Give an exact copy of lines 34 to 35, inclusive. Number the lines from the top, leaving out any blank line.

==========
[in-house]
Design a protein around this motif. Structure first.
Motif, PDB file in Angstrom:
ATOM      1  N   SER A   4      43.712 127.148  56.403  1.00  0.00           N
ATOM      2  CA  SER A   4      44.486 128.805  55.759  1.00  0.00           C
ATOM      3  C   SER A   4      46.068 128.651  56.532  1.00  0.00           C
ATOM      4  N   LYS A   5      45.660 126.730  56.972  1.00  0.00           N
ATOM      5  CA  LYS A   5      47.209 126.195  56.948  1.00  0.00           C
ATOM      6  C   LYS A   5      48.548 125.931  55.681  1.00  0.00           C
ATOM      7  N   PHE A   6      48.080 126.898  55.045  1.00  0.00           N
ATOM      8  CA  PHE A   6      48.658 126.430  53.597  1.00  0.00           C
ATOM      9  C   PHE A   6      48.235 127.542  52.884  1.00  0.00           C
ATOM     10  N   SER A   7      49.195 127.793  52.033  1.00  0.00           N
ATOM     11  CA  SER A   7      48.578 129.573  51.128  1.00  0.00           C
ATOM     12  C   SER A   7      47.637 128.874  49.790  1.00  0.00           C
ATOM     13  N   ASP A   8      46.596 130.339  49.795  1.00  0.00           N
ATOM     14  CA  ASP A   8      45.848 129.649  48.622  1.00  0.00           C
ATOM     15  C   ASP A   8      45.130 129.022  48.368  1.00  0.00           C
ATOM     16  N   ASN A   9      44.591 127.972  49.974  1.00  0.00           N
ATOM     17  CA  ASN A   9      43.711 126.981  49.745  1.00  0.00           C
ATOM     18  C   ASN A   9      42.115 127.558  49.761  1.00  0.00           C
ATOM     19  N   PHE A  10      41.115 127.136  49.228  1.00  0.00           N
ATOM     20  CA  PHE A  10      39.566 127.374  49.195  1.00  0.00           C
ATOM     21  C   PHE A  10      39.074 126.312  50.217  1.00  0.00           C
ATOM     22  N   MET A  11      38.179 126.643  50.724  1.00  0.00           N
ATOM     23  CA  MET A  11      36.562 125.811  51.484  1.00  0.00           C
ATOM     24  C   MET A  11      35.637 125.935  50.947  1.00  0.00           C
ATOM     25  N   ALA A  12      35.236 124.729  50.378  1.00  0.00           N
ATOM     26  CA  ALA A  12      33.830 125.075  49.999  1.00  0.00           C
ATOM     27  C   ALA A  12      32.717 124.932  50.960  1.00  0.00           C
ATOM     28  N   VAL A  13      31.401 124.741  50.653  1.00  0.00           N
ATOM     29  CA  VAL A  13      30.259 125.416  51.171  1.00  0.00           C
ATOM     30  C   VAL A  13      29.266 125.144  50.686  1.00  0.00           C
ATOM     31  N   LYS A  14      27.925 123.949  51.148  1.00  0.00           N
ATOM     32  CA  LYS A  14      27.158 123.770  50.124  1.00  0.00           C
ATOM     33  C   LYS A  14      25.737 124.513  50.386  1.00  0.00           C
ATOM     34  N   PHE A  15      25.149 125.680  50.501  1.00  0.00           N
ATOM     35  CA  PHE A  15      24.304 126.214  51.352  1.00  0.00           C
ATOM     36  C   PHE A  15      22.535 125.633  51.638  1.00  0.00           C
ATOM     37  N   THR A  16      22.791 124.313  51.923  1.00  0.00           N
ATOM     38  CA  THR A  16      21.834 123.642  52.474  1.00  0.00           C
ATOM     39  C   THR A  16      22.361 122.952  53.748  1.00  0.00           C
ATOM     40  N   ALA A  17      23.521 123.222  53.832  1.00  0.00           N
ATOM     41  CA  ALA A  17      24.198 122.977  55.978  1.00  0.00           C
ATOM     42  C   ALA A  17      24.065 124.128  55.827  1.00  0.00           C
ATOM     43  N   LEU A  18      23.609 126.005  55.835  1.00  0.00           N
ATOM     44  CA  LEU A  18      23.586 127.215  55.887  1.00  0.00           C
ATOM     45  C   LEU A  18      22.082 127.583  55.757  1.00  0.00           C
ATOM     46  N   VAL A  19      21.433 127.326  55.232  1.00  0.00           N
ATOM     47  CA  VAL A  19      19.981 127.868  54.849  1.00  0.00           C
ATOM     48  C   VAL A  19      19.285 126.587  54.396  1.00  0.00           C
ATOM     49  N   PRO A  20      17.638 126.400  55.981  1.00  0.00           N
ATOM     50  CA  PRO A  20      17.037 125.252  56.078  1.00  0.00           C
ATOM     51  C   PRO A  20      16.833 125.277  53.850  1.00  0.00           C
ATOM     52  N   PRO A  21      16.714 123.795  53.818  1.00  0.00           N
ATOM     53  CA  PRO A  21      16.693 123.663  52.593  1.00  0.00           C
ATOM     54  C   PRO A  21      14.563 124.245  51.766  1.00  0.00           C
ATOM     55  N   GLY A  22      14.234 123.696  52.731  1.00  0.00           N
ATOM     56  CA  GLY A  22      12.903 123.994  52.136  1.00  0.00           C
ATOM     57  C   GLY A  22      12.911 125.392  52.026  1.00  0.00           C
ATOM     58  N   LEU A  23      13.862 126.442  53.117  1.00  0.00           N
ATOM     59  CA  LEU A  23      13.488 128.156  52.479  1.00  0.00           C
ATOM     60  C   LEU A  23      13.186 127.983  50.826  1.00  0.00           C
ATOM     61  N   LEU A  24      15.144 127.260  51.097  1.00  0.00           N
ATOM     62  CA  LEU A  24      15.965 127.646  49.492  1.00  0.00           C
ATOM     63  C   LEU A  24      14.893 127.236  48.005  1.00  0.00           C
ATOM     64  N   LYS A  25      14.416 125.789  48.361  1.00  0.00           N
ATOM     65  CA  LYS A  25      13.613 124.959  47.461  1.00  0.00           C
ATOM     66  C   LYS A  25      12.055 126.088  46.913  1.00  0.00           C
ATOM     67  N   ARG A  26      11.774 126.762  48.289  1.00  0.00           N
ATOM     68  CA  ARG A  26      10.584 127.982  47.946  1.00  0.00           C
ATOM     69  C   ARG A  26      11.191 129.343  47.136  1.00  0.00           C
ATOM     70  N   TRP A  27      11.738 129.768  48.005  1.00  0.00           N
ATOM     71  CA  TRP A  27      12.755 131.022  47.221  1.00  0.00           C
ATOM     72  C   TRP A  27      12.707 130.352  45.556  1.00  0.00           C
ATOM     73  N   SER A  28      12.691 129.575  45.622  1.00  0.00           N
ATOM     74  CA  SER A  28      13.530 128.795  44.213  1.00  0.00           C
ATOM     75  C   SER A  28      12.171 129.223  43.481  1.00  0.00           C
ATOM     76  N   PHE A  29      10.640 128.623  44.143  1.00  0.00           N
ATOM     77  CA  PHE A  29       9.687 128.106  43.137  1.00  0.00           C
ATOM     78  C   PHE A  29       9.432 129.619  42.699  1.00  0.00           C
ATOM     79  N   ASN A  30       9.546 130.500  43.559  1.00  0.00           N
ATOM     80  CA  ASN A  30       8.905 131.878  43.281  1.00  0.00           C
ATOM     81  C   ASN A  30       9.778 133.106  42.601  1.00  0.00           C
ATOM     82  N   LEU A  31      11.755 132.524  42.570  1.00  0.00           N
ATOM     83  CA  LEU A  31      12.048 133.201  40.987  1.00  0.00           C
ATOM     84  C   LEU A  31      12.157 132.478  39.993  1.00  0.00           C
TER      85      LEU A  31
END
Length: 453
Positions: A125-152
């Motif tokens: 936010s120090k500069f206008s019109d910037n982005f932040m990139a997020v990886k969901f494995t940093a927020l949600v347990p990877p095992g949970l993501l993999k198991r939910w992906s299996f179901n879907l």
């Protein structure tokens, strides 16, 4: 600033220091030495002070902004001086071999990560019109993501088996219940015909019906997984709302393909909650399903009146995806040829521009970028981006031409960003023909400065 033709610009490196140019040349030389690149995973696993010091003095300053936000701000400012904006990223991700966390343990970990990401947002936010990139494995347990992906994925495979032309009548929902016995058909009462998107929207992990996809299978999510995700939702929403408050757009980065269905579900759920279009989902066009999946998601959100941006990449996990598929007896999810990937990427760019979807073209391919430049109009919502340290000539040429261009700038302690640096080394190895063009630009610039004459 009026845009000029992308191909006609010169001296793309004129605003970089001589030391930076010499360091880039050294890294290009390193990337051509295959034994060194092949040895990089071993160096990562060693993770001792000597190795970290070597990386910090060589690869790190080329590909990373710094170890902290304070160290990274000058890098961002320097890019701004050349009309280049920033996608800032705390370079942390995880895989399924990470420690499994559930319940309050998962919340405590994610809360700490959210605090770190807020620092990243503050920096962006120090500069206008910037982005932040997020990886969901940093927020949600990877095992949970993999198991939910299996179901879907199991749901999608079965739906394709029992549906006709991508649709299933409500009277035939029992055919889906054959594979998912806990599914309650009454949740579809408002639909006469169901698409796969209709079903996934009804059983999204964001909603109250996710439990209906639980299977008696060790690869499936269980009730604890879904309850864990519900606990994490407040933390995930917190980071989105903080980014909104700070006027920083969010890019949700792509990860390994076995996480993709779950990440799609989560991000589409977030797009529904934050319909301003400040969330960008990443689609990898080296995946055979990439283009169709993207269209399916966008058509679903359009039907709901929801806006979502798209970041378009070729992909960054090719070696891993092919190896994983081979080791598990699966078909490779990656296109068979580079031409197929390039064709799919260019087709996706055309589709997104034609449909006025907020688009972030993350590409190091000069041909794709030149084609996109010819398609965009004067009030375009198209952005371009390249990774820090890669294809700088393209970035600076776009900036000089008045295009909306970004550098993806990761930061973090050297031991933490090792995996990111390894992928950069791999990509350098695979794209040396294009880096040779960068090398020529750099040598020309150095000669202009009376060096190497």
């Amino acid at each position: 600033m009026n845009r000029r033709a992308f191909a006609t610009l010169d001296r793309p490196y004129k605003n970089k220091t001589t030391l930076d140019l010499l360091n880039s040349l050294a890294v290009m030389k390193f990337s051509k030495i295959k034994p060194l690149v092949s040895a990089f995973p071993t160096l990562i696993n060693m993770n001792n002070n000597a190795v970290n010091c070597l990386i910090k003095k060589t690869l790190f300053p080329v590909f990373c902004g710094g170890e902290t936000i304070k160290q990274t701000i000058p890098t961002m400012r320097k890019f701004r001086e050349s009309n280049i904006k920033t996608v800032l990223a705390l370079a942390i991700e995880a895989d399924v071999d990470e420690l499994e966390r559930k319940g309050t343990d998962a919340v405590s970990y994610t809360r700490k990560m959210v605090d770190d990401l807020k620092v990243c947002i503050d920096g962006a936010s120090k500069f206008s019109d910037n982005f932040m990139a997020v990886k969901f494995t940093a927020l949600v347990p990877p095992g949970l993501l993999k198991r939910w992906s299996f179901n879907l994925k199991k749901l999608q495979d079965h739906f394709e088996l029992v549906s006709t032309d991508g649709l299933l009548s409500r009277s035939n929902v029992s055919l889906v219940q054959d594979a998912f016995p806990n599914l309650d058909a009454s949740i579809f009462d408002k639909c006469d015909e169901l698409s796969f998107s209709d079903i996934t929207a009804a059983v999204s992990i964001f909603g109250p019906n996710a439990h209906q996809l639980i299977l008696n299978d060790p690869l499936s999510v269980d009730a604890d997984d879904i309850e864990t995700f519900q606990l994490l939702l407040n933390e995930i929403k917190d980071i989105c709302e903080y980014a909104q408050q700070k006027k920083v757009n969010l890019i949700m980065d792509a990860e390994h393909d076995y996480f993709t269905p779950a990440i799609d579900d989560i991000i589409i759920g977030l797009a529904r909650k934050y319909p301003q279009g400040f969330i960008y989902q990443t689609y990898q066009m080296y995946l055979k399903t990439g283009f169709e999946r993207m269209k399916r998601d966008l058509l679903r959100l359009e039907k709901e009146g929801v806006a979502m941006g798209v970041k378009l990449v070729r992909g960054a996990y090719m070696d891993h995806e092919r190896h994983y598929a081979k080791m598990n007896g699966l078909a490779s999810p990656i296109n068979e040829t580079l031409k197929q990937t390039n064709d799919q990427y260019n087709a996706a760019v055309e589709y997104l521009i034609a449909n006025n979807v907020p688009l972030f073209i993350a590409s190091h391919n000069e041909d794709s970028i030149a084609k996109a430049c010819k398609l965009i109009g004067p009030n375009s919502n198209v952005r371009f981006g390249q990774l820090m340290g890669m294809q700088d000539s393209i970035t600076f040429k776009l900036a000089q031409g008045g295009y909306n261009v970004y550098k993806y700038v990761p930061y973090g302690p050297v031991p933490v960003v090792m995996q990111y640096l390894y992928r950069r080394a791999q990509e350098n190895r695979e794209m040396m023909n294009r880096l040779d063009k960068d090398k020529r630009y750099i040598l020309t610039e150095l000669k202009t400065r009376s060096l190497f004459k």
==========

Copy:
ATOM     31  N   LYS A  14      27.925 123.949  51.148  1.00  0.00           N
ATOM     32  CA  LYS A  14      27.158 123.770  50.124  1.00  0.00           C